This is why, for instance, I have travelled to 17 out of the 20 DHB districts over the last year, to meet with members in their workplaces. And after talking yesterday with your NDHB Director of Nursing, Margareth Broodkoorn, there is agreement that I may come again to visit members here.

Sometimes the wish for greater public visibility of NZNO has been expressed as an explicit desire for more media airtime. This is hard. It has always been the case that we have little influence over what the media covers, and how they choose to cover it. And the problem has only grown worse as journalism has been progressively run down in this country. So while I have had some small successes in getting your issues on TV and radio and in the papers, it is the view of the NZNO Media Advisor that we should focus more on channels where we can get our messages out reliably – especially through blogs and social media.

This is shaping how I express my priority of greater visibility for nursing and NZNO.

A second priority for me is increasing member participation in NZNO. This priority falls under the area of Membership Engagement/Whanaungatanga, in my President’s Work Plan.

I know that actively participating in NZNO membership structures means voluntary work, on top of long hours in paid employment or study – and often after caring for family members as well. At times, you may also see little evidence that your input has been valued. Perhaps this is why participation is lower than it needs to be, to maintain the health of NZNO as a member-run organisation.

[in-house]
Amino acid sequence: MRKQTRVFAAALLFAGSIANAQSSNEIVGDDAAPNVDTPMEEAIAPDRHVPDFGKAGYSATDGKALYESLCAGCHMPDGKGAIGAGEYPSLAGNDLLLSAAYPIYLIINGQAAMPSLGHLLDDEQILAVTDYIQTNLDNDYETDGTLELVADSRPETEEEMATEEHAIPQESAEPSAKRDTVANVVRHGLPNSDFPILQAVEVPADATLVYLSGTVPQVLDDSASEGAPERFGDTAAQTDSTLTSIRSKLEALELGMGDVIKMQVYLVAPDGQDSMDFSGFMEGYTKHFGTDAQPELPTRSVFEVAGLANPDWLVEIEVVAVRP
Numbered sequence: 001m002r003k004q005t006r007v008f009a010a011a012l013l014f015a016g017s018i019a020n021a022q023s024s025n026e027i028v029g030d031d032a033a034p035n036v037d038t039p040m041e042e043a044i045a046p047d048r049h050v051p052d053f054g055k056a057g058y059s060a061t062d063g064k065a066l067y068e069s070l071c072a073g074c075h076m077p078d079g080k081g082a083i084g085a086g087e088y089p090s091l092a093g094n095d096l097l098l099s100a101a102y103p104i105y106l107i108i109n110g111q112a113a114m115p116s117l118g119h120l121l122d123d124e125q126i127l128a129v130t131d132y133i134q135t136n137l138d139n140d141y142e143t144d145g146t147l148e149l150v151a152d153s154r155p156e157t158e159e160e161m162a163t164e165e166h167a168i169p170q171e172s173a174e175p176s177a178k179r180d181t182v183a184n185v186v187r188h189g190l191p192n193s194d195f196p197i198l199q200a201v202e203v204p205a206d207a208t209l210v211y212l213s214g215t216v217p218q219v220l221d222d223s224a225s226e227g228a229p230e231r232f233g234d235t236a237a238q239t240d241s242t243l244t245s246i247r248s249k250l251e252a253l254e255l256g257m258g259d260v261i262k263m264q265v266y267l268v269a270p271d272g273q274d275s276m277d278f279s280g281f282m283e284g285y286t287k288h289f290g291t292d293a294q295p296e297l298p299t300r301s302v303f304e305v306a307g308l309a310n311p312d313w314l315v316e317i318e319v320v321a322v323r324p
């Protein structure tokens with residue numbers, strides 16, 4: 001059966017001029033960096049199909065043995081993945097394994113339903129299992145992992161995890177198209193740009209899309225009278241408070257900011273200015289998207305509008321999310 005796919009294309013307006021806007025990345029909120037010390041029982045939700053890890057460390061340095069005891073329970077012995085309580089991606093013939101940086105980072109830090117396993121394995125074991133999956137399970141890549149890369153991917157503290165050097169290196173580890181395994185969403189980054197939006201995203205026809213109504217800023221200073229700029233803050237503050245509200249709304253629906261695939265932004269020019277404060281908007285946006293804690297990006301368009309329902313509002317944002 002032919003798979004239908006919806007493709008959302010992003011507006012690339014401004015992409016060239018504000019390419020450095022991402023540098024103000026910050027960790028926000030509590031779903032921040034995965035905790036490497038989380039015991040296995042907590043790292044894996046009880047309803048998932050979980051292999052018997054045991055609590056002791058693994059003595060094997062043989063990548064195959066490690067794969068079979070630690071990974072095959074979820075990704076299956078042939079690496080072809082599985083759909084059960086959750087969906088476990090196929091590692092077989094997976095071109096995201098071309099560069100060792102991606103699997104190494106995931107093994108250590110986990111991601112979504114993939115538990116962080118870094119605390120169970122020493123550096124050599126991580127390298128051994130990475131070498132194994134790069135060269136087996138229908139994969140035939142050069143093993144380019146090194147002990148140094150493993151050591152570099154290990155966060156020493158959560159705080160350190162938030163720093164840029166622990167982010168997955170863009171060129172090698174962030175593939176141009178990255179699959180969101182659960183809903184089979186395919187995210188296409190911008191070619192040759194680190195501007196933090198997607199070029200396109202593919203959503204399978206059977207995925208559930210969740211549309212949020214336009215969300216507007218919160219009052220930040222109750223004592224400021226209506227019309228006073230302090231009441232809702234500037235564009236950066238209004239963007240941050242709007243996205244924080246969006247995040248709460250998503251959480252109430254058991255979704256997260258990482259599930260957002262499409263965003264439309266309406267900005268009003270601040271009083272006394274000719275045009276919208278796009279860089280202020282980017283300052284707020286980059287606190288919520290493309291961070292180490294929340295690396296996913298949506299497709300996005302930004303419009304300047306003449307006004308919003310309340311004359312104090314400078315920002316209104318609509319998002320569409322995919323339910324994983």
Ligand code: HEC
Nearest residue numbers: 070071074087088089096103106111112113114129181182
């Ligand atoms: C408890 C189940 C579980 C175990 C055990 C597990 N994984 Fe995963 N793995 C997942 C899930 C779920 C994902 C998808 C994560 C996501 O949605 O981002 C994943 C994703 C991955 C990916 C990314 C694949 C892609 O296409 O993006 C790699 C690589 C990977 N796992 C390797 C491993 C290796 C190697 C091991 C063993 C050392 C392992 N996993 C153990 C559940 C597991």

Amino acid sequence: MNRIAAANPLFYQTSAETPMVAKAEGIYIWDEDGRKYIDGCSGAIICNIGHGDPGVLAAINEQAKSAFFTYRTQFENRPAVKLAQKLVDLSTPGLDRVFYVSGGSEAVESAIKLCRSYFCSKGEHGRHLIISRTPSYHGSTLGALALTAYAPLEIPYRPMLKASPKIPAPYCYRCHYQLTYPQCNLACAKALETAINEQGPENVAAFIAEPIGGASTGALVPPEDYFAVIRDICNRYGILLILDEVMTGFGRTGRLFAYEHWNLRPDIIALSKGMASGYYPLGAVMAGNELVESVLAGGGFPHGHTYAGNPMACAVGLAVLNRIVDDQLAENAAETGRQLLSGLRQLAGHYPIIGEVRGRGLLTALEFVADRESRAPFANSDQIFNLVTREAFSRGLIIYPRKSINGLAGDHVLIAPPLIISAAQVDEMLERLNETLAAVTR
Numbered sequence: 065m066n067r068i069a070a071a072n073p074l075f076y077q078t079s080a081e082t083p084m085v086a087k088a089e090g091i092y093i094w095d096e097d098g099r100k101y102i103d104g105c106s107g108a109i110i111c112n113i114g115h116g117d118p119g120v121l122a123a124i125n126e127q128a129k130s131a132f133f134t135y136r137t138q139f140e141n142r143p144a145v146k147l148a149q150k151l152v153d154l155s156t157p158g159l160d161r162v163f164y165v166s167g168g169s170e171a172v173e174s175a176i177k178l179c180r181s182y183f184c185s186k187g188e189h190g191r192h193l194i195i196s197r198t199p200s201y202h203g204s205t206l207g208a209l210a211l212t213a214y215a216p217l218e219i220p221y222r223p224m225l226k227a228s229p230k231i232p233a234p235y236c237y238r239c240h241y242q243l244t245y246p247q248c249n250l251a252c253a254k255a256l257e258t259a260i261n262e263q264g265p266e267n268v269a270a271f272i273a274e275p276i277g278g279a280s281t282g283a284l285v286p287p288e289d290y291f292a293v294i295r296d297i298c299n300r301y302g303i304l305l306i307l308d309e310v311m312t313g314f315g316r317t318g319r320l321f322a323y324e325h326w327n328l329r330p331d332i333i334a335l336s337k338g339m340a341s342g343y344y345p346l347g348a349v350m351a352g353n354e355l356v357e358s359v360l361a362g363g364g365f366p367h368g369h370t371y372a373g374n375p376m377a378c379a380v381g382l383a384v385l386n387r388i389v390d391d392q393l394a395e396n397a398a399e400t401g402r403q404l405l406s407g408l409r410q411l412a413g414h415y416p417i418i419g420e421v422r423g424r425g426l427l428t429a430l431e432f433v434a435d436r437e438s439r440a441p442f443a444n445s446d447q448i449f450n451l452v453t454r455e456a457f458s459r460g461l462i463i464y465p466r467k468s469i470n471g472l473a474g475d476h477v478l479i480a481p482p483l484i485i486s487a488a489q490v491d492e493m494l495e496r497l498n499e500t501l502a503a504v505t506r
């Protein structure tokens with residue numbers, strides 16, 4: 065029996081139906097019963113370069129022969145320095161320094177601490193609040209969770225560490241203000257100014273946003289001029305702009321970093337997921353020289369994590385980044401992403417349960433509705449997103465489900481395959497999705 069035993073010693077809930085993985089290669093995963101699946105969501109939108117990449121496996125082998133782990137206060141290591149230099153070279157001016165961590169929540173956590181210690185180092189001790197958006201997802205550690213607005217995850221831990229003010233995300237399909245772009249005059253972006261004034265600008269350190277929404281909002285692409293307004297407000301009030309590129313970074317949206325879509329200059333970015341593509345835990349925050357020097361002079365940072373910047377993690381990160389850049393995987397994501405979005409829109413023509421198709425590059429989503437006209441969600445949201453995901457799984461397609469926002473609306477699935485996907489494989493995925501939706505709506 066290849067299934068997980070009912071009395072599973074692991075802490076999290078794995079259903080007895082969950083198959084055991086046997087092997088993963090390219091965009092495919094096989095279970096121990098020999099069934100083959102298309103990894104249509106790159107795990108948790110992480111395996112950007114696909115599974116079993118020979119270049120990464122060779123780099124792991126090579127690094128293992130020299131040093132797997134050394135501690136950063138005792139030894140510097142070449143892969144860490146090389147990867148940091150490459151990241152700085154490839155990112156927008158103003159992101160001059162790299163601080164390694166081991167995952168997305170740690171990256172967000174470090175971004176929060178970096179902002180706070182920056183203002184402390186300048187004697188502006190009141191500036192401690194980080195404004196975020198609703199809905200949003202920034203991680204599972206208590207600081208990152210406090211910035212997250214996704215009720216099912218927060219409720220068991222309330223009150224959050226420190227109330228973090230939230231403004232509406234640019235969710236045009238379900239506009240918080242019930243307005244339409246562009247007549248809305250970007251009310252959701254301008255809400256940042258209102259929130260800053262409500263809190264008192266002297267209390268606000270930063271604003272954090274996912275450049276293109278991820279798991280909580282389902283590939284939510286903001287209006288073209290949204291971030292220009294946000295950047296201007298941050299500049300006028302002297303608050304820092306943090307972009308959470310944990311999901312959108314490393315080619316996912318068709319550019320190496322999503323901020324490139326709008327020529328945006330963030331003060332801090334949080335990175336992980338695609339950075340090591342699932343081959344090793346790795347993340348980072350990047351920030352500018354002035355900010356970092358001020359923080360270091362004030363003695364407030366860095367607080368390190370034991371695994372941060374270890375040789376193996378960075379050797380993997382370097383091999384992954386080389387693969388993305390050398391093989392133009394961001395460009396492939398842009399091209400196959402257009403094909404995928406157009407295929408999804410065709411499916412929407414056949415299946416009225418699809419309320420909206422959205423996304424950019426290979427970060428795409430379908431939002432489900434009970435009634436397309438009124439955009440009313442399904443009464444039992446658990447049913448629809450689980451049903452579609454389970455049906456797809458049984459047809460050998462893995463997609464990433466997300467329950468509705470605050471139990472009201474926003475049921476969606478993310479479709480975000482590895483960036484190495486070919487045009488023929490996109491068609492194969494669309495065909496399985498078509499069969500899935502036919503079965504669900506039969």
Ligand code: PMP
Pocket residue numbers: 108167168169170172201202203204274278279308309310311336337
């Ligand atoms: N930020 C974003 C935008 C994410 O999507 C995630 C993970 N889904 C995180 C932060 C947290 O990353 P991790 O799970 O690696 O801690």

Concern about this state of affairs led Kerri and I to call, in March, the first ever summit meeting of the chairs of all Regional Councils and TR regions, the NSU and Colleges and Sections. The meeting identified barriers to member participation, and some possible solutions. In the second half of this year, we will start to develop change proposals arising from this meeting.

My hope that as members are heard and supported, and as members see themselves and their views reflected in our direction, that more and more of you are encouraged to write that submission, or attend that meeting – even after another long day.

Another of my priorities is strengthening NZNO’s bicultural relationships.

NZNO has been on a journey towards biculturalism ever since it was formed in 1993. We are enormously fortunate to have established a relationship between NZNO and Te Rūnanga o Aotearoa, along with a co-leadership model, with the president and kaiwhakahaere working alongside each other. The NZNO Board is introducing changes to make NZNO more responsive to Māori.